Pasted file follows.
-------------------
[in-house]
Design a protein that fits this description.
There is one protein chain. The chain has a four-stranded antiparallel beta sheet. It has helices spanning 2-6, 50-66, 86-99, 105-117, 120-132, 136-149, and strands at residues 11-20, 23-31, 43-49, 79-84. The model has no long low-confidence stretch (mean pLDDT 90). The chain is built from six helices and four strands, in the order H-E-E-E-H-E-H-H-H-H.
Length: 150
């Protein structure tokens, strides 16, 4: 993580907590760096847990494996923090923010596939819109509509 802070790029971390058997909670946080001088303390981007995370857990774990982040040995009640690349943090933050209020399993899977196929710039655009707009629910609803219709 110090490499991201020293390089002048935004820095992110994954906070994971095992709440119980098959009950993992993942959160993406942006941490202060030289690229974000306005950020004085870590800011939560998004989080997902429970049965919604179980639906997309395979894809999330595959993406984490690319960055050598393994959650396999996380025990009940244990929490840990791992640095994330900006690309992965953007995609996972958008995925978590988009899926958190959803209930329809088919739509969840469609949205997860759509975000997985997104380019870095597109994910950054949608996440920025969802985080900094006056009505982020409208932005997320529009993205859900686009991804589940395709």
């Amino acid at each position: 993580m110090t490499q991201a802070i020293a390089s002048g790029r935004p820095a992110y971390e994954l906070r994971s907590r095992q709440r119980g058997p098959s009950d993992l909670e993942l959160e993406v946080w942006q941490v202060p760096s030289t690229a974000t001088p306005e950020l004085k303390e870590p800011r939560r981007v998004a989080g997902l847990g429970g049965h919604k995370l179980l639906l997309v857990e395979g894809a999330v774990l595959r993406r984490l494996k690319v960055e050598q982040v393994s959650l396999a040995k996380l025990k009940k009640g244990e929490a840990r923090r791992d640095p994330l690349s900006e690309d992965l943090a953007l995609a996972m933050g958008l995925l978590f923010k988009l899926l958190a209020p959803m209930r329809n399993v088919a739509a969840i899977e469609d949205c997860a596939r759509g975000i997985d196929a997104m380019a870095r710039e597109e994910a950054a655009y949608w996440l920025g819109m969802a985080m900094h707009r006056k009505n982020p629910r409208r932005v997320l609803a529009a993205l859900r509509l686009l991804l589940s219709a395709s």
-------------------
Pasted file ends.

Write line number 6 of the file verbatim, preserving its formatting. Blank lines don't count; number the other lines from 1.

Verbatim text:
């Amino acid at each position: 993580m110090t490499q991201a802070i020293a390089s002048g790029r935004p820095a992110y971390e994954l906070r994971s907590r095992q709440r119980g058997p098959s009950d993992l909670e993942l959160e993406v946080w942006q941490v202060p760096s030289t690229a974000t001088p306005e950020l004085k303390e870590p800011r939560r981007v998004a989080g997902l847990g429970g049965h919604k995370l179980l639906l997309v857990e395979g894809a999330v774990l595959r993406r984490l494996k690319v960055e050598q982040v393994s959650l396999a040995k996380l025990k009940k009640g244990e929490a840990r923090r791992d640095p994330l690349s900006e690309d992965l943090a953007l995609a996972m933050g958008l995925l978590f923010k988009l899926l958190a209020p959803m209930r329809n399993v088919a739509a969840i899977e469609d949205c997860a596939r759509g975000i997985d196929a997104m380019a870095r710039e597109e994910a950054a655009y949608w996440l920025g819109m969802a985080m900094h707009r006056k009505n982020p629910r409208r932005v997320l609803a529009a993205l859900r509509l686009l991804l589940s219709a395709s």